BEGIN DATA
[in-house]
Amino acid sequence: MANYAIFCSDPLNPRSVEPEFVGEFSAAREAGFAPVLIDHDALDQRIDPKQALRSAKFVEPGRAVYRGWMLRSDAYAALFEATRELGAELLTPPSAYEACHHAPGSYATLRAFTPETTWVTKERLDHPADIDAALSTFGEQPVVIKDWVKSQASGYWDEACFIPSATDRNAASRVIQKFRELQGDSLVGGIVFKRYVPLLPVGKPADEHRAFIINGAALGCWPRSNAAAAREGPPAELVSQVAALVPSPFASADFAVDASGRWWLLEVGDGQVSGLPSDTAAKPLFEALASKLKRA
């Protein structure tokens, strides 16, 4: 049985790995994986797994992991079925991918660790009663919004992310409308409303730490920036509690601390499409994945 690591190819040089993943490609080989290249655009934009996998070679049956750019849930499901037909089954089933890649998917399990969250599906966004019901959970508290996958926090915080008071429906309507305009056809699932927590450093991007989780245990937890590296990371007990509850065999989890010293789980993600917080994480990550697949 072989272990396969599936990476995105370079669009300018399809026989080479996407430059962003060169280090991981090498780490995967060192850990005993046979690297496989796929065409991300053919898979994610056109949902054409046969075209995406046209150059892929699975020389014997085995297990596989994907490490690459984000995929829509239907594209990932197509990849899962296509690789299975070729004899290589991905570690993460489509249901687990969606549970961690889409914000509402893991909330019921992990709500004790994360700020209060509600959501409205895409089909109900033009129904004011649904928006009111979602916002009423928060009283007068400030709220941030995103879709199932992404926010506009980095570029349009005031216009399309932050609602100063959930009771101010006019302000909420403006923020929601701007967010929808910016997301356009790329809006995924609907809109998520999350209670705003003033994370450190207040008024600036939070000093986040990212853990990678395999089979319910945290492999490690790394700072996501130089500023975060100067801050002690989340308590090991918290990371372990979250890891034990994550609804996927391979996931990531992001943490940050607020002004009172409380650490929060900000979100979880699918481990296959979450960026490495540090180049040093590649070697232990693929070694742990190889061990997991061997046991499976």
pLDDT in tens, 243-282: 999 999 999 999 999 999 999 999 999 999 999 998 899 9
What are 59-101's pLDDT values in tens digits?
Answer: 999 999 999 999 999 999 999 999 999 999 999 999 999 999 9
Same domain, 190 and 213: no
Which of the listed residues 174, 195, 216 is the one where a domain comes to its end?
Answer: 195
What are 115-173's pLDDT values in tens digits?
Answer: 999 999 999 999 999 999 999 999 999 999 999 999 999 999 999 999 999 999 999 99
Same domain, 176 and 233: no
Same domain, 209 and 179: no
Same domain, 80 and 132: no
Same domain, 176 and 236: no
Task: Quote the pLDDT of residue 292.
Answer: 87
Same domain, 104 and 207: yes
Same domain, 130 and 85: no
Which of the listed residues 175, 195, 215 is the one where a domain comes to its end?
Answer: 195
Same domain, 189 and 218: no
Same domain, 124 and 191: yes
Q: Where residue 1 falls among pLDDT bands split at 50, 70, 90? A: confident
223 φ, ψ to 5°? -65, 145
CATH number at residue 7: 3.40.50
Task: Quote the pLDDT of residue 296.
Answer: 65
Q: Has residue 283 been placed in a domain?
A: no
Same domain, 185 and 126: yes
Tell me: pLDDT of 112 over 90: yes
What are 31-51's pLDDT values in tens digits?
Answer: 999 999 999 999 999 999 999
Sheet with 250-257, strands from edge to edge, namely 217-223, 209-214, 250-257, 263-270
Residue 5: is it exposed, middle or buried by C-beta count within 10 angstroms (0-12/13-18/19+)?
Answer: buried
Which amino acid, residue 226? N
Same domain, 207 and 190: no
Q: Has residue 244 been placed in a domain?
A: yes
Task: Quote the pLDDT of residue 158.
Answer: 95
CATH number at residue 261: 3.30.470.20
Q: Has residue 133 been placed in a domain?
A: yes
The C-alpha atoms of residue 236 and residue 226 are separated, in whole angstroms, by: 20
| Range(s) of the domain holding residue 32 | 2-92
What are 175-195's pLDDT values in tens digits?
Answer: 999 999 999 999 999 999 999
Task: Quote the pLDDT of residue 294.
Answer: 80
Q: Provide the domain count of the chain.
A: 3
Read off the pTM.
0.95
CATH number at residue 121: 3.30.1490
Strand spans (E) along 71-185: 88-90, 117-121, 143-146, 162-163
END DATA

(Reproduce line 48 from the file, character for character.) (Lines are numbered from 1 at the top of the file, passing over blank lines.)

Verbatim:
| Range(s) of the domain holding residue 32 | 2-92